New Trends in Recruitment

Are you ready for the changes coming to the recruitment industry?

There are regular changes in recruitment practices of companies and in the opinions of hiring managers and recruiters but these are usually small, incremental changes that take place slowly over time. New developments in technology and changes in their use can lead to huge shifts in recruitment trends for everyone in the industry, but these come along rarely. This is one of those rare times when major changes are coming to how the industry operates. SHL recently released their 2013 Global Assessment Trends Report which  provides a huge amount of insight into changing trends. I have picked out what I think are some of the most interesting findings in relation to recruitment practices and trends.

In just a few years you can expect to have radically changed your practices in relation to the use of mobile recruiting, social media recruiting and how you assess candidates and employees – and it may not be in the way you think! Are you prepared for this?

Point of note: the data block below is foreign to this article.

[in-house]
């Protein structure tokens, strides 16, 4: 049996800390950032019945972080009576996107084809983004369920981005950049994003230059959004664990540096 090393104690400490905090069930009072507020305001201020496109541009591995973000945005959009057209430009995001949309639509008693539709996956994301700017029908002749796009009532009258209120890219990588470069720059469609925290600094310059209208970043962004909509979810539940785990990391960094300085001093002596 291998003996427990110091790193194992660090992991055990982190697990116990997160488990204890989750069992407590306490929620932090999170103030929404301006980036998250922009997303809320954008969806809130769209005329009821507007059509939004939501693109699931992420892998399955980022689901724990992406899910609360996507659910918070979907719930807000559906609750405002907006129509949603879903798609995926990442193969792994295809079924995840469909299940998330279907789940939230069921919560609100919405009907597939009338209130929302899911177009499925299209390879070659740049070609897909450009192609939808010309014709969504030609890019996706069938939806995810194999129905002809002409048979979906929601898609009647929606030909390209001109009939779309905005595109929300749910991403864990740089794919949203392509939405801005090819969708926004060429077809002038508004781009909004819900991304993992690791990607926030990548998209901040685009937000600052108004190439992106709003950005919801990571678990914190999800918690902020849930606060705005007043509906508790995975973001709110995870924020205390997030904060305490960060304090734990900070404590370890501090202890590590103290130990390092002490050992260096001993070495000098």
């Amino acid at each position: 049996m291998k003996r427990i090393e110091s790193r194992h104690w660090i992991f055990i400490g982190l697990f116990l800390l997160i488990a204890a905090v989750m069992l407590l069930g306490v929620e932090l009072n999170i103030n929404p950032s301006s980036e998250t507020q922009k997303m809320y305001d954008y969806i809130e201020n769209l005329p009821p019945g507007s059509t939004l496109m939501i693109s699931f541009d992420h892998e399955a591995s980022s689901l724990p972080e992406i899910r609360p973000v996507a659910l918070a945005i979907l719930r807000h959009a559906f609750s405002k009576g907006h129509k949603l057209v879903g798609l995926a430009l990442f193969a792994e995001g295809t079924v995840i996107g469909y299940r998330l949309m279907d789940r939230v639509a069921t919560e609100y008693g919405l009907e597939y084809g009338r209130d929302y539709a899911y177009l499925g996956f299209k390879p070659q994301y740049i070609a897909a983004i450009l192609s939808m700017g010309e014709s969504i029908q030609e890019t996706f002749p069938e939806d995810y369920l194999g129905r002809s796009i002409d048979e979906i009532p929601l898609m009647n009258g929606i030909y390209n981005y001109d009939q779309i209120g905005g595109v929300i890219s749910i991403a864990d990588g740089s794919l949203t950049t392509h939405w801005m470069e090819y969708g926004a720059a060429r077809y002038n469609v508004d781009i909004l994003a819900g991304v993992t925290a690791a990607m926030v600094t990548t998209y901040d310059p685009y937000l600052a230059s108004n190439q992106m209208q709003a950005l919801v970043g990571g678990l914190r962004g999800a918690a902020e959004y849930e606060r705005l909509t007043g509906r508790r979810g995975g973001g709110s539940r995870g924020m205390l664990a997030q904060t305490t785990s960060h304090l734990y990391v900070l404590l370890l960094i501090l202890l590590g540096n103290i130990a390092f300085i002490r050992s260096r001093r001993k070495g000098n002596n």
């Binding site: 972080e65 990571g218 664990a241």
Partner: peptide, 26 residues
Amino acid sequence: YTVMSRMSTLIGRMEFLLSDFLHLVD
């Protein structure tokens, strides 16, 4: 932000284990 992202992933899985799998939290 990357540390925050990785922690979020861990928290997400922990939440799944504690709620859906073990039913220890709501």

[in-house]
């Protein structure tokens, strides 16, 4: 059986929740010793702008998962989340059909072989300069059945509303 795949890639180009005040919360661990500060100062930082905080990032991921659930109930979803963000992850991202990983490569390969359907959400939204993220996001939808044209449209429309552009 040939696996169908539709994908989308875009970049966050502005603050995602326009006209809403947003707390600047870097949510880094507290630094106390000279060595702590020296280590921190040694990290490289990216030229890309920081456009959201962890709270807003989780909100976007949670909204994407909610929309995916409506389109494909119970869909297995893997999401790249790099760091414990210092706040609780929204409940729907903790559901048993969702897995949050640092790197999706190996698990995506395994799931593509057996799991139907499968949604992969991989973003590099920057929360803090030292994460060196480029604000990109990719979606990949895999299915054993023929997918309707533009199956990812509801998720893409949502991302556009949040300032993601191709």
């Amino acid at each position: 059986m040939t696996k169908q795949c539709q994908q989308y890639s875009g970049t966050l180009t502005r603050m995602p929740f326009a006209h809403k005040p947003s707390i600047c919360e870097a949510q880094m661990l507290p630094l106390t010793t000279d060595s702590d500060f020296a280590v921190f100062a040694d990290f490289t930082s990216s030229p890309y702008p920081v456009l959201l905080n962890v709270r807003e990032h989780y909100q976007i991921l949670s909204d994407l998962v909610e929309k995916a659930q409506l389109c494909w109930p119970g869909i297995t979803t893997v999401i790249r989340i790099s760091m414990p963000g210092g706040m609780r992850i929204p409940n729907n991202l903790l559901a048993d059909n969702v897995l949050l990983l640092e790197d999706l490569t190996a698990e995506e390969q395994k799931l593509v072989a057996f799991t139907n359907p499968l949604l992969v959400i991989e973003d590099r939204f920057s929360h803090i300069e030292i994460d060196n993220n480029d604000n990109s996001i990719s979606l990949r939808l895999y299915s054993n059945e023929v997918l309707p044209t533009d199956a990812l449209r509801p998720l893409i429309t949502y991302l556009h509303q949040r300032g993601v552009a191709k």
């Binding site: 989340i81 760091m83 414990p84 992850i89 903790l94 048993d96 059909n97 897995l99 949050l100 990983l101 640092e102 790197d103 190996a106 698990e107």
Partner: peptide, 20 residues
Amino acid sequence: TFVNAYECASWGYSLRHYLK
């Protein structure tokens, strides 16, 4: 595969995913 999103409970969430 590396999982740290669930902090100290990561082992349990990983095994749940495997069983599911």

Recruitment vs. Career Development

There was a rise in respondents who expressed concern over hiring practices and how to recruit talent. The market for top candidates is very competitive, meaning that HR managers and recruiters are feeling the strain in trying to recruit new employees who have all the desired skills and experience. Despite this there was a decrease in HR professionals who are focusing on internal talent development. It seems that companies are still fighting for new talent despite the fact that they are unsure that they will find the appropriate people for the job. Only a limited number of companies are tapping into their current employees when looking for people to fill new positions. Career development is clearly not a priority for a lot of companies. This may be somewhat short-sighted. Current employees know the company and how it works. Managers already know that they fit well in the company and should know what they are like as workers. This means that current employees would perform better in open positions than new recruits that may or may not fit and who will need more training. The chance for career development and to progress in their job is also a key factor that employees look for when deciding whether to stay in their current employment or move on. If employee retention is important to a company, focusing more on career progression for current employees may be a good place to start, making improvements that reflect employee desires and encourage them to stay.

Processes and Assessments